While most of the recent coverage of the ongoing Ebola outbreak has focused on rising death tolls and a few infected U.S. citizens, other segments of the population have passed mostly unnoticed from the harsh glare of the media spotlight: Survivors, and those who are seemingly immune to Ebola.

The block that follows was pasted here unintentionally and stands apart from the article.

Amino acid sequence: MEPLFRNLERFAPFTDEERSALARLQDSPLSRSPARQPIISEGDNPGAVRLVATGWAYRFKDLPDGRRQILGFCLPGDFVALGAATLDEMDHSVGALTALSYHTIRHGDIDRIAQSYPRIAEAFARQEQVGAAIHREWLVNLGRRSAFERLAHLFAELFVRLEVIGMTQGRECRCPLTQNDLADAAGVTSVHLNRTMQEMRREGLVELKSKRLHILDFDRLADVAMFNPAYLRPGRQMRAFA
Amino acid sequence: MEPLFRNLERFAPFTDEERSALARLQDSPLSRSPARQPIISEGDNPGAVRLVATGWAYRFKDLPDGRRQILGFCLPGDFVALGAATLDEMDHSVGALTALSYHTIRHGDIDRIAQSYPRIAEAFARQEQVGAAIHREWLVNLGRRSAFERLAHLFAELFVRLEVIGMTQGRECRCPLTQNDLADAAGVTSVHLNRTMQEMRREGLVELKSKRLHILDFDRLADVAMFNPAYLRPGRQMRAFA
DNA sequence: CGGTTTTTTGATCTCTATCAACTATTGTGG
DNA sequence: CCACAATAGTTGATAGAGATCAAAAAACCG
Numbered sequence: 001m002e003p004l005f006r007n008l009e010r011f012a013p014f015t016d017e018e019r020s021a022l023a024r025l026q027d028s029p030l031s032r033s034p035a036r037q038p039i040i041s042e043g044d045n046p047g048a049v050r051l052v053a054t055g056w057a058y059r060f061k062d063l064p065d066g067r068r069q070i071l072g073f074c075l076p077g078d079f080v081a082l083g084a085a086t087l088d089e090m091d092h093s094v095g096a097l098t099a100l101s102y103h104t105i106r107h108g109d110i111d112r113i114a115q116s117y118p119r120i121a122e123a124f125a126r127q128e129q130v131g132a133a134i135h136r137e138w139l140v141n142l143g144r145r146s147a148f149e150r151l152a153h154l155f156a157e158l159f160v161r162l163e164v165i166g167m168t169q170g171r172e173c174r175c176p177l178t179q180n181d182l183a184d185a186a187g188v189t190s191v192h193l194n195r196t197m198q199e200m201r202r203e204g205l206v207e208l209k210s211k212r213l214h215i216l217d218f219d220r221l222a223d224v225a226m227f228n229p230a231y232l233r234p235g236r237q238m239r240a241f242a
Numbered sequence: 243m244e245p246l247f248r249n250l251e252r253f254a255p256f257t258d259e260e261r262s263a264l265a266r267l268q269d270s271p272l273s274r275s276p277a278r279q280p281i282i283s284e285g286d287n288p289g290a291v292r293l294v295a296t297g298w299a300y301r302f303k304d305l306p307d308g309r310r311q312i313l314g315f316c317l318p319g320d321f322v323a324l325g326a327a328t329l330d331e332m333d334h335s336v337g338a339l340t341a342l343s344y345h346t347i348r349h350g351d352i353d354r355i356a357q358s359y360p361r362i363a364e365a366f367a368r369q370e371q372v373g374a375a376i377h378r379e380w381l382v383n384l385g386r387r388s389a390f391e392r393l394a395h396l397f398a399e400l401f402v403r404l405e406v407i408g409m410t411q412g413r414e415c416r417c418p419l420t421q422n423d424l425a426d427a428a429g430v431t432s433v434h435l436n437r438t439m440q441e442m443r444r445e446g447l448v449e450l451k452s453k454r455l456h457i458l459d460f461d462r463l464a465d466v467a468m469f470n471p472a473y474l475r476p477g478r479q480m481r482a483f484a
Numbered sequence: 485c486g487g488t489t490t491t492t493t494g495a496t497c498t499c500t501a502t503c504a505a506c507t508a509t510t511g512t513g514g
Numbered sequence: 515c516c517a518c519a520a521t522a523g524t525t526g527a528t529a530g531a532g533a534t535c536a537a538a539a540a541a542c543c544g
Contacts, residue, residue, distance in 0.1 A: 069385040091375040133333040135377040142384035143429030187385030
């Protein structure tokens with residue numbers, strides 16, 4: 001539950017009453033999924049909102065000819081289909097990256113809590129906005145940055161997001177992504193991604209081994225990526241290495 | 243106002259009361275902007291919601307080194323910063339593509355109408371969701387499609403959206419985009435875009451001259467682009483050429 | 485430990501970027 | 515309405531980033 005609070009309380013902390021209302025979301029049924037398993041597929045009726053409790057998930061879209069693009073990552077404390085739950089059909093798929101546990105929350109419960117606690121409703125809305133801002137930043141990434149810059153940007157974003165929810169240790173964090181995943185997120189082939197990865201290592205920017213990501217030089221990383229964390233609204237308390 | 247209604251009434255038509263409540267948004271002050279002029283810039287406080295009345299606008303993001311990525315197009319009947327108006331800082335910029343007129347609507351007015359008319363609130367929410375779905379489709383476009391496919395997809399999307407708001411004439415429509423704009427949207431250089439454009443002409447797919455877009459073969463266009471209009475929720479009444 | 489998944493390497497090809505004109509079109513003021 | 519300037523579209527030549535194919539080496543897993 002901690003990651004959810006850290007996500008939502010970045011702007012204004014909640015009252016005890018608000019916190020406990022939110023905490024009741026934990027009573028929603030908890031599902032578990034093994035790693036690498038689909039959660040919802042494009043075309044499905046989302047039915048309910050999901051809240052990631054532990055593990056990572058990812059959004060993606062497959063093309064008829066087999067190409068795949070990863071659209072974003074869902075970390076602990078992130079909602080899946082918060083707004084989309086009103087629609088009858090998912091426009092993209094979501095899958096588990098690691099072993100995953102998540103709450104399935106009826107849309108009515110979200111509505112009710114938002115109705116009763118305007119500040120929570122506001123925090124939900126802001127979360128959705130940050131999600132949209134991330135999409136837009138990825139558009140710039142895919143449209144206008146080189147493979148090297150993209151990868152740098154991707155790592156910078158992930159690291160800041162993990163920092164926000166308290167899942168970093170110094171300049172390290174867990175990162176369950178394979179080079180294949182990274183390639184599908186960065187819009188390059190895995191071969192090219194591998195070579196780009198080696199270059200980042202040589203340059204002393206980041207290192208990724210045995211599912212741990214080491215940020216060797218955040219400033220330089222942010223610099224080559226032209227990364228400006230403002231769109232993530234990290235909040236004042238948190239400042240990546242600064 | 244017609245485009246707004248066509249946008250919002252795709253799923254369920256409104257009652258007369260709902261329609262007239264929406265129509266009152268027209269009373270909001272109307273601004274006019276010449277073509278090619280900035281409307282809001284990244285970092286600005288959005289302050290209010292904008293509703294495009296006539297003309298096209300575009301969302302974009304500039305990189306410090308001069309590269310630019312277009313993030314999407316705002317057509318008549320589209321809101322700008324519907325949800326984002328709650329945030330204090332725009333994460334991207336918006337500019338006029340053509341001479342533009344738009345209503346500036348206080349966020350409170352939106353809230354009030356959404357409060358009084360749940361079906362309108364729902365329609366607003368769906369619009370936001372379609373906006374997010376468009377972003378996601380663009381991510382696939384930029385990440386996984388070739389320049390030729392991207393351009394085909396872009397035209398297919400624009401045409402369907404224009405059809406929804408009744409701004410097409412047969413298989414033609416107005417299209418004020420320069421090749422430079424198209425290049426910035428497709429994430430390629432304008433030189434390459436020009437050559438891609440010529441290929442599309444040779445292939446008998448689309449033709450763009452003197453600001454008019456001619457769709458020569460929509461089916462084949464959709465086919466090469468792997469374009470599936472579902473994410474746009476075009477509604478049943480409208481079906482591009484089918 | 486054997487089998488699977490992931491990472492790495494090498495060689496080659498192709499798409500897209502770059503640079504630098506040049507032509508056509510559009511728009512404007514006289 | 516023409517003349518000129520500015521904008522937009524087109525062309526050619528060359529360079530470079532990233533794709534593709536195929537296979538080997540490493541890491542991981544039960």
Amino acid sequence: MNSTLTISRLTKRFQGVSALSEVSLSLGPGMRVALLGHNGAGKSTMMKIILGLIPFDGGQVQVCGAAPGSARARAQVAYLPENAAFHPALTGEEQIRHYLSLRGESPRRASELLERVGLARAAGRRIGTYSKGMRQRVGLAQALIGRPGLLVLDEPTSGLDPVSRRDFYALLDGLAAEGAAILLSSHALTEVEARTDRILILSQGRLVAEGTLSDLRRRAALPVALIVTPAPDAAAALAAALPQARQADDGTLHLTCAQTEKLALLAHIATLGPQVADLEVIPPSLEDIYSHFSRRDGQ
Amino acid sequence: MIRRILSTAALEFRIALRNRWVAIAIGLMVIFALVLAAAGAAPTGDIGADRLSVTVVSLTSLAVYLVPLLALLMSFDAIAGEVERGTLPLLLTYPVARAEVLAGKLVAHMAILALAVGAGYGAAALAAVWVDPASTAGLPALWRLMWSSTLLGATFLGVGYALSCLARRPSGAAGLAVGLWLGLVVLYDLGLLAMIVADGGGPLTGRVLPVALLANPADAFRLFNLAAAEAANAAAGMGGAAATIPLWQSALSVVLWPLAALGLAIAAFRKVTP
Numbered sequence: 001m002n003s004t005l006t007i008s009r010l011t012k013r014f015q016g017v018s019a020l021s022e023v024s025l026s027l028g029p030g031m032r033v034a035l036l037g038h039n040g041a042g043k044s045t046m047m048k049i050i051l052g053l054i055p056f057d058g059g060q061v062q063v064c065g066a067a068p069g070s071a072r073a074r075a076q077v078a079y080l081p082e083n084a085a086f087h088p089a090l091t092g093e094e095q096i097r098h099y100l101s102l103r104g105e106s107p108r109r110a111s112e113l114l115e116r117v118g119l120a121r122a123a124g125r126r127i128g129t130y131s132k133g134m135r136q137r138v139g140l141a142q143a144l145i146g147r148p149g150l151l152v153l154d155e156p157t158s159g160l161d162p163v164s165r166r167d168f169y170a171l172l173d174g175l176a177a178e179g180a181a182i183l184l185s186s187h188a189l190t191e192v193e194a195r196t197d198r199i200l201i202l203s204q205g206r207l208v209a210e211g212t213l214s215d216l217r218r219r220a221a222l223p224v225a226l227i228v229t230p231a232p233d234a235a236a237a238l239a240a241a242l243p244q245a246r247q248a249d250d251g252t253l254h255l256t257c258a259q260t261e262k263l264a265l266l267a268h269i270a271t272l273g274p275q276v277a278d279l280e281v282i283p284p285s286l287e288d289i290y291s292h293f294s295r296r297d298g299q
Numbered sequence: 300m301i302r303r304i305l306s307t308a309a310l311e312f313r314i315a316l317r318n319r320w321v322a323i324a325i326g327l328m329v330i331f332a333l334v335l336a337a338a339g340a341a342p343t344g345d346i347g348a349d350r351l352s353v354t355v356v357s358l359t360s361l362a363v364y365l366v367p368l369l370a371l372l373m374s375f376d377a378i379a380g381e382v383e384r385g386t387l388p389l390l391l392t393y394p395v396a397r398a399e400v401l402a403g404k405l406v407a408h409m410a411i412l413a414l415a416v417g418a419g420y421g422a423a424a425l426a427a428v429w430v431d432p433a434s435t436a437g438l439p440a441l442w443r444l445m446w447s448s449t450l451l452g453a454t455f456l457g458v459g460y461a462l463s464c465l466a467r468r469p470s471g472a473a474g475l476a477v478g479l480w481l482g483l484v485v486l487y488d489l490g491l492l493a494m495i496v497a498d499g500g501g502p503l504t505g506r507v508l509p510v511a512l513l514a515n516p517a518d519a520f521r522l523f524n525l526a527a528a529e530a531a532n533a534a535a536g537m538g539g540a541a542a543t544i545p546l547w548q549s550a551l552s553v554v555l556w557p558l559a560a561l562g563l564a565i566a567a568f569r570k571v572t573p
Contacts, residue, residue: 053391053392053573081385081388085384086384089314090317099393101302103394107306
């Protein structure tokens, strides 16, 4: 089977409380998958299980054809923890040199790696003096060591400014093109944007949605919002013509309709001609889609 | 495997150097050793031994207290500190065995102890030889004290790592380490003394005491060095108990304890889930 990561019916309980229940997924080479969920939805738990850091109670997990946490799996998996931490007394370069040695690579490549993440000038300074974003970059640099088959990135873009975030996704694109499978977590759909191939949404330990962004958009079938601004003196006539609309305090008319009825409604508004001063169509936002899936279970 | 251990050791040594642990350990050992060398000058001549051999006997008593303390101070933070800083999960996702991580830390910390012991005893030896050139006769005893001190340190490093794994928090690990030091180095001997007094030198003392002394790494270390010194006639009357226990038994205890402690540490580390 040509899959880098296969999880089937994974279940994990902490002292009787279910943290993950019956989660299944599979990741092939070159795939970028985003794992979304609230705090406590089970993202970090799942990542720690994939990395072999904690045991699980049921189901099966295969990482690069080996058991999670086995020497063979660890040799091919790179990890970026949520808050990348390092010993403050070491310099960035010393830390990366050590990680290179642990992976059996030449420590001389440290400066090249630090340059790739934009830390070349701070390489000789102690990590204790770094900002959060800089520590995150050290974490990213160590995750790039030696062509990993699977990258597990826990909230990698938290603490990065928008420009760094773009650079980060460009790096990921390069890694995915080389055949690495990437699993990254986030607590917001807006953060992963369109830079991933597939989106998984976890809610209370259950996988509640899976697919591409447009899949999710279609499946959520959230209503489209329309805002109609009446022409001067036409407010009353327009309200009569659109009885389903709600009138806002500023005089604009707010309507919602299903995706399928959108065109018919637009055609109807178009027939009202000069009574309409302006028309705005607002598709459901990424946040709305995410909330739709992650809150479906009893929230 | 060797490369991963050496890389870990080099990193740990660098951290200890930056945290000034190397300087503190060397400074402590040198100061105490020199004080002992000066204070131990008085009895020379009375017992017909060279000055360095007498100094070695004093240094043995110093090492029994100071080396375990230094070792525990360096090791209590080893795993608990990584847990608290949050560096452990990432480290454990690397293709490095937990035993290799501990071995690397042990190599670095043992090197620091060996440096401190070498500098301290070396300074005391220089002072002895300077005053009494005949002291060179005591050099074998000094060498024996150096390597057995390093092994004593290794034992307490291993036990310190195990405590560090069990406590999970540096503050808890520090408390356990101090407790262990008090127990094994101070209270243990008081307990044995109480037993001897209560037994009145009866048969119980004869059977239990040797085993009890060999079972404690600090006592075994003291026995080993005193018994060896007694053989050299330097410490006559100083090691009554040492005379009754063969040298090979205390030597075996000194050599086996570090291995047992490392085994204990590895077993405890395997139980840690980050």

People who survive Ebola can lead normal lives post-recovery, though occasionally they can suffer inflammatory conditions of the joints afterwards, according to CBS. Recovery times can vary, and so can the amount of time it takes for the virus to clear out of the system. The World Health Organization found that the virus can reside in semen for up to seven weeks after recovery. Survivors are generally assumed to be immune to the particular strain they are infected by, and are able to help tend to others infected with the same strain. What isn't clear is whether or not a person is immune to other strains of Ebola, or if their immunity will last.